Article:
Duterte: DPWH corruption grave; Villar cites reforms
The Department of Public Works and Highways (DPWH) is ridden with corruption, and no construction work begins without money changing hands, President Duterte said on Wednesday.
He did not provide details of the irregular transactions, but he said the problem was serious.
“Projects, project engineers, all of that, the road right-of-way, the corruption there is grave. No construction begins without a transaction,” Duterte said in a televised address to the nation.
There are many
He said he did not know who were involved, but there were a lot of them.
“There are so many officials lined up in the bureaucratic maze so I don’t know which of them are involved, even those for the medicines and all,” he said.
Duterte called the attention of Congress to the corruption in the DPWH.
Senators have questioned the lump sums in the DPWH budget, as well as its massive funding for local projects compared with national infrastructure programs.
There have also been allegations that government infrastructure projects have become a source of kickbacks or commissions that contractors pay to the project proponents.
But Public Works Secretary Mark Villar enjoys Duterte’s “full trust and confidence,” according to presidential spokesperson Harry Roque.
“Despite the corruption in the DPWH, Secretary Villar delivered. It helps that Secretary Villar’s family has more money than the DPWH,” Roque said at a press briefing.
The secretary’s father, real estate tycoon Manuel Villar, a former senator, is the richest Filipino on the Forbes’ list of billionaires for this year, with an estimated net worth of $5.7 billion, or close to P280 billion. Roque also said the President’s statement was meant to highlight the challenges in the remaining two years of his term, which included fighting corruption in government, especially in the DPWH and in Philippine Health Insurance Corp (PhilHealth).
He added that it is possible Duterte will call for an investigation into corruption in the DPWH, but at the moment, he was focused on PhilHealth.
Villar said the DPWH had taken steps to deal with corruption in the agency.
“We are one with the President’s goal of ending corruption, that’s why we take it as a challenge to further institute reforms in the department,” he said at a news briefing.
The DPWH has put in place a monitoring system that includes the geotagging of projects, Villar said. The system allows the department to keep a close watch on the progress and condition of projects, he added.
The department will also be stricter with contractors, and has blacklisted nearly 30 of them, Villar said.
As for the senators’ questions about lump sums in the DPWH budget, he said the lawmakers might have first seen the initial summary of the projects, but the department had already submitted the details of these.
With regard to the local projects, Villar said some of these may be classified as local, but they also had a national purpose. Examples of these are roads going to tourism sites, he said.
Sen. Panfilo Lacson on Thursday said he would push for the realignment of the DPWH’s P666.47-billion proposed budget for 2021, parts of which, he claimed, were padded to accommodate infrastructure projects of unscrupulous officials.
In a statement, the Senate’s pork hunter expressed delight at the President’s raising corruption involving the “much abused” DPWH budget, saying it came just as the Senate was tackling the agency’s proposed funding for next year.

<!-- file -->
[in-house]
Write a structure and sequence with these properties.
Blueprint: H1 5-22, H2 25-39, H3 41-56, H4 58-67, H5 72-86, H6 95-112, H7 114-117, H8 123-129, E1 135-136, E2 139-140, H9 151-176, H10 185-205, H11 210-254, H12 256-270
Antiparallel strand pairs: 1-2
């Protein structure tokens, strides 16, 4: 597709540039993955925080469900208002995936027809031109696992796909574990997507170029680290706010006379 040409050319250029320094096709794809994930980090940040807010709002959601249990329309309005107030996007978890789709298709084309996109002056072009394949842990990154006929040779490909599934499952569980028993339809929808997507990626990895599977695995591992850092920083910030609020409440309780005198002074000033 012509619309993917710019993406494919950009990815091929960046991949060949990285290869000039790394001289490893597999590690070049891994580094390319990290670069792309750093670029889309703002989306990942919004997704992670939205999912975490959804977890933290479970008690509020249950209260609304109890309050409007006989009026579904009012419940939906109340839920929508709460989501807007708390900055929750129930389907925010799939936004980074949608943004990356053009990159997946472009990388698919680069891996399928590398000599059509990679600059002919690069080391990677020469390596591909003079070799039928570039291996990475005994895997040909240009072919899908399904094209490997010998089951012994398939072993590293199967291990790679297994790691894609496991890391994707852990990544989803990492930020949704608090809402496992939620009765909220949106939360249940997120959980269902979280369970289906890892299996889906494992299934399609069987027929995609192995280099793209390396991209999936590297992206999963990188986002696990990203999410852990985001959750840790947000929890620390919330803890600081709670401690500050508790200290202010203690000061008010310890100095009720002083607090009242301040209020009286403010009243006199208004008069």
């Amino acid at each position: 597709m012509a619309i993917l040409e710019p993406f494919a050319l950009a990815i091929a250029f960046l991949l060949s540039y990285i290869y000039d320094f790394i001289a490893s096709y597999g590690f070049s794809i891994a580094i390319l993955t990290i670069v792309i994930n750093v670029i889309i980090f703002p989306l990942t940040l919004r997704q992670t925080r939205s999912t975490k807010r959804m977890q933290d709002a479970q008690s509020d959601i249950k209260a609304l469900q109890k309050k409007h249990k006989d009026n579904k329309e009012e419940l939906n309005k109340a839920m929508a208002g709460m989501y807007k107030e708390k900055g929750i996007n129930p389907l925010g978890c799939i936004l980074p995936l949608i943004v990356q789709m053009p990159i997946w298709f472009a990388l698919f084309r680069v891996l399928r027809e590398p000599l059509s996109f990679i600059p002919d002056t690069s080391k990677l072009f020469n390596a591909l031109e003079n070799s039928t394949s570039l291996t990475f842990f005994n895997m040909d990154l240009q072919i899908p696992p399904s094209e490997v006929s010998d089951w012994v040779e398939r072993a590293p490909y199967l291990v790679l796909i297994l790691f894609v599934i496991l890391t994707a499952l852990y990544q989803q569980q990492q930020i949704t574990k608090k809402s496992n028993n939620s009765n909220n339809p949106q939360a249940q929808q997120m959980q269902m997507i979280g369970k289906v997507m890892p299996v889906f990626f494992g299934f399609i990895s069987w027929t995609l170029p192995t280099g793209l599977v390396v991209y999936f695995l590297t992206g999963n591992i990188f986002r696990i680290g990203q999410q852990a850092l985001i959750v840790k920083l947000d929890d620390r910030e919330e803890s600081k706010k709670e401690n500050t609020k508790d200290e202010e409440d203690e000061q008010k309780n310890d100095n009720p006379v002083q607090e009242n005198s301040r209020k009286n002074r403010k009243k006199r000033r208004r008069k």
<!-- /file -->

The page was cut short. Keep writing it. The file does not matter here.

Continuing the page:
“It has become an open secret that commissions or kickbacks have become the rule rather than the exception in the implementation of public works projects involving not only some corrupt officials of the department but some legislators as well,” Lacson said.
On Wednesday, the senator flagged P67 billion for the construction of “multipurpose buildings” in the DPWH budget, which is supposed to be dedicated to pulling the country from economic slump due to the coronavirus pandemic.
“I wonder how multipurpose buildings will contribute to the ‘Reset, Rebound, Recover’ theme of the budget,” Lacson said in grilling Villar during a budget hearing held by videoconferencing.
Lacson questioned Villar about the “pattern of decreased budgets for national projects and increased budgets for local projects.”
In the National Expenditure Program (NEP), Malacañang’s budget proposal, P131.44 billion was allocated for road network development, but this was reduced by P21.45 billion to P109.99 billion in the DPWH proposed budget.
The allocation for bridge projects was cut by P6.5 billion, funding for flood management projects was slashed by P4.5 billion, and the outlay for asset preservation was trimmed by P9.81 billion.
Lacson said the new budget submitted by the DPWH on Sept. 7—well beyond Department of Budget and Management deadline—was a “mangling” of the original budget contained in the NEP submitted by the Palace in August. “I can’t recognize it anymore,” he told Villar and asked him if the changes were due to “interventions from some legislators.”
Lacson described the DPWH “amendments” to the NEP as “highly questionable.” He said revisions should not amend original submissions, as revision was the exclusive function of Congress, “thus preparation, authorization, execution and accountability.”
Lacson blamed corruption in the DPWH for the padding of local projects, with legislators manipulating the projects in connivance with corrupt officials in the agency in exchange for kickbacks.
He said contractors had terms for the varying degrees of corruption among agency officials and legislators.
“Officials from the executive and legislative branches who ask for only 10 percent [of the project cost] are described as kind and gentlemanly; those who demand 20 to 30 percent are [called] greedy, [and] those who demand advance payments but renege on their word [are denounced as swindlers],” Lacson said.
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